LMI-Based Neural Observer for State and Nonlinear Function Estimation

    •  Jeon, W., Chakrabarty, A., Zemouche, A., Rajamani, R., "LMI-Based Neural Observer for State and Nonlinear Function Estimation", International Journal of Robust and Nonlinear Control, DOI: 10.1002/​rnc.7327, April 2024.
      BibTeX TR2024-036 PDF
      • @article{Jeon2024apr,
      • author = {Jeon, Woongsun and Chakrabarty, Ankush and Zemouche, Ali and Rajamani, Rajesh},
      • title = {LMI-Based Neural Observer for State and Nonlinear Function Estimation},
      • journal = {International Journal of Robust and Nonlinear Control},
      • year = 2024,
      • month = apr,
      • doi = {10.1002/rnc.7327},
      • url = {}
      • }
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  • Research Areas:

    Control, Machine Learning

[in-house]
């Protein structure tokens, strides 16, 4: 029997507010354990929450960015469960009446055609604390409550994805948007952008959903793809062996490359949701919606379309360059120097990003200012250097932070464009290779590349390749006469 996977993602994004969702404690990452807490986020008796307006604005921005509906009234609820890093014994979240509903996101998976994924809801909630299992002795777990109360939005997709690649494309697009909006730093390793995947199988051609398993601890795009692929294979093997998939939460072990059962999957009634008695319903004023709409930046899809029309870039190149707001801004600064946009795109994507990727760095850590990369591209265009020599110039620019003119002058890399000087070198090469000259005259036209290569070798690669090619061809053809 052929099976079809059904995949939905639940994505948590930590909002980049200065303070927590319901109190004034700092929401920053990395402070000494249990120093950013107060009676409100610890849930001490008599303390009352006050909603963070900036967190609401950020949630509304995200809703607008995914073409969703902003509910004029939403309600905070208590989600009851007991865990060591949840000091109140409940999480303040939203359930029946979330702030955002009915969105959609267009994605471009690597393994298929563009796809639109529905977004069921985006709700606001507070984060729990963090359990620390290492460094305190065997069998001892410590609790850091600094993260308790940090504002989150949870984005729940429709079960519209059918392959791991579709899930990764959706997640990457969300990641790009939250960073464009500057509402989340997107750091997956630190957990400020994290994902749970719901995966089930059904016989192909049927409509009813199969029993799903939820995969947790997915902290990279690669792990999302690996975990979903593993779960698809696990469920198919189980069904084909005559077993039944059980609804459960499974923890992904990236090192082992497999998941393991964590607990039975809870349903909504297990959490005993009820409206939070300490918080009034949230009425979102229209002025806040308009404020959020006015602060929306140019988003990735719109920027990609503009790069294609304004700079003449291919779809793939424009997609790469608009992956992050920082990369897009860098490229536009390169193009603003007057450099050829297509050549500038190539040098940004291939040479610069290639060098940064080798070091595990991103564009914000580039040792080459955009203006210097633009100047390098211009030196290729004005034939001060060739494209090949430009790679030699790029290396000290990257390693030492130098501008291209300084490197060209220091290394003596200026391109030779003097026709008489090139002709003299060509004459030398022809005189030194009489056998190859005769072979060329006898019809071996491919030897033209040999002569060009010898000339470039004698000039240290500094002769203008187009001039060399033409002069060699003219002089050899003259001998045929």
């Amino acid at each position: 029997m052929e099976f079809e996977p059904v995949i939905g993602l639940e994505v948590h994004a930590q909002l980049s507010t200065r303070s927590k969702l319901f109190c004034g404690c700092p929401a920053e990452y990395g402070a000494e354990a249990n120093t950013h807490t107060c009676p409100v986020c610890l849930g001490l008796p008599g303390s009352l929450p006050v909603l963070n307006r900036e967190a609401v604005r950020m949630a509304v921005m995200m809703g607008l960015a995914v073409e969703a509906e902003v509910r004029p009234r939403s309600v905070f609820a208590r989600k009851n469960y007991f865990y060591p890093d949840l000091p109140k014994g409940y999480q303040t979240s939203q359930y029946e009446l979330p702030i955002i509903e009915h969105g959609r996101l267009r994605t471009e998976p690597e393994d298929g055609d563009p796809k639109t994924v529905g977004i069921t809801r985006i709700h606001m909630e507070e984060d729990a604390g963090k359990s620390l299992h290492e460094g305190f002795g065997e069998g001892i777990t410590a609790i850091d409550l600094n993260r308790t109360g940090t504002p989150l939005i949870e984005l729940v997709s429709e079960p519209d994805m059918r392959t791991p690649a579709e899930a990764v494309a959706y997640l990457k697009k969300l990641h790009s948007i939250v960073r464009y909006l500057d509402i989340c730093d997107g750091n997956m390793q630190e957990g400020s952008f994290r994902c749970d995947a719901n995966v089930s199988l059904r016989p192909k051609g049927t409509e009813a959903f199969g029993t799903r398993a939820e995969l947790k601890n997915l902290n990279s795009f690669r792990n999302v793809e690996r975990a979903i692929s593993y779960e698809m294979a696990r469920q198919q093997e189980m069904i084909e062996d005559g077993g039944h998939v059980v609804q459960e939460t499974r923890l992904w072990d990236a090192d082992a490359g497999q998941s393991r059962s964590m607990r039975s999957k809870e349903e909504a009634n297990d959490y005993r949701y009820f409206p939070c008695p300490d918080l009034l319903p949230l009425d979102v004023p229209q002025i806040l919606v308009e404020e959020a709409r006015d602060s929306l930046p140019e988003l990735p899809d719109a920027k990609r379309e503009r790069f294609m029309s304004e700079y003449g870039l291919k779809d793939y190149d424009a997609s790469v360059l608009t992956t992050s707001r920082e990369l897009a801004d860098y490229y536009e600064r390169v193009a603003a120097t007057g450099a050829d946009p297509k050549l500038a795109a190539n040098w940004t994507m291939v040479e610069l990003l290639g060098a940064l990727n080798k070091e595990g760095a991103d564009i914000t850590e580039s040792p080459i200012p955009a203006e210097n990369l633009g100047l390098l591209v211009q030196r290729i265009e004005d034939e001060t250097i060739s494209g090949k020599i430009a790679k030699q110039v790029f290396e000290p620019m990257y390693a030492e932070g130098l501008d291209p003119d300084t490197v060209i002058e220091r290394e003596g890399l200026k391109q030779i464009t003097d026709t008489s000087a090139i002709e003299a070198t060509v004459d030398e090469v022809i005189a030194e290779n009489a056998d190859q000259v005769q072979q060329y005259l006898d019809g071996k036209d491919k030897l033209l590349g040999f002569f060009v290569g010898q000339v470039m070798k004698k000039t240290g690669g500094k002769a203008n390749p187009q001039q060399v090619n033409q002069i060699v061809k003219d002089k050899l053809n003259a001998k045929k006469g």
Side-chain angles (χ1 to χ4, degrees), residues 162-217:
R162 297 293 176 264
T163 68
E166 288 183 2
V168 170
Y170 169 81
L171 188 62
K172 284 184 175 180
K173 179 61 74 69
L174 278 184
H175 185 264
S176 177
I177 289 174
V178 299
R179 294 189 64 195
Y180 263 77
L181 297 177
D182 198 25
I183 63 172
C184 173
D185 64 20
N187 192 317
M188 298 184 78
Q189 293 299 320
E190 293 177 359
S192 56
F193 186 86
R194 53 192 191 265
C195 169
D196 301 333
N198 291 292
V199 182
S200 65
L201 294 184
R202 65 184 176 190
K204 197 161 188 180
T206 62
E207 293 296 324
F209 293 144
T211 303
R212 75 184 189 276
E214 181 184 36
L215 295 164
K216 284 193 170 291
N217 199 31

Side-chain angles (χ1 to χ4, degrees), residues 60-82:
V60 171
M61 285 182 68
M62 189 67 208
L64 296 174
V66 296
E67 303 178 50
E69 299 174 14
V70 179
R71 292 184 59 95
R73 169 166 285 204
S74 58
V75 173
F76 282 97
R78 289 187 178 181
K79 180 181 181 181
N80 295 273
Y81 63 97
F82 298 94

This paper develops a neuro-adaptive observer for state and nonlinear function estimation in systems with partially modeled process dynamics. The developed adaptive observer is shown to provide exponentially stable estimation errors in which both states and neural parameters converge to their true values. When the neural approximator has an approximation error with respect to the true nonlinear function, the observer can be used to provide an H (infinity) bound on the estimation error. The paper does not require assumptions on the process dynamics or output equation being linear functions of neural network weights and instead assumes a reasonable affine parameter dependence in the process dynamics. A convex problem is formulated and an equivalent polytopic observer design method is developed. Finally, a hybrid estimation system that switches between a neuro-adaptive observer for system identification and a regular nonlinear observer for state estimation is proposed. The switched operation enables parameter estimation updates whenever adequate measurements are available. The performance of the developed adaptive observer is shown through simulations for a single link robot. In the application, no manual tuning of adaptation gains is needed and estimates of both the states and the nonlinear functions converge successfully.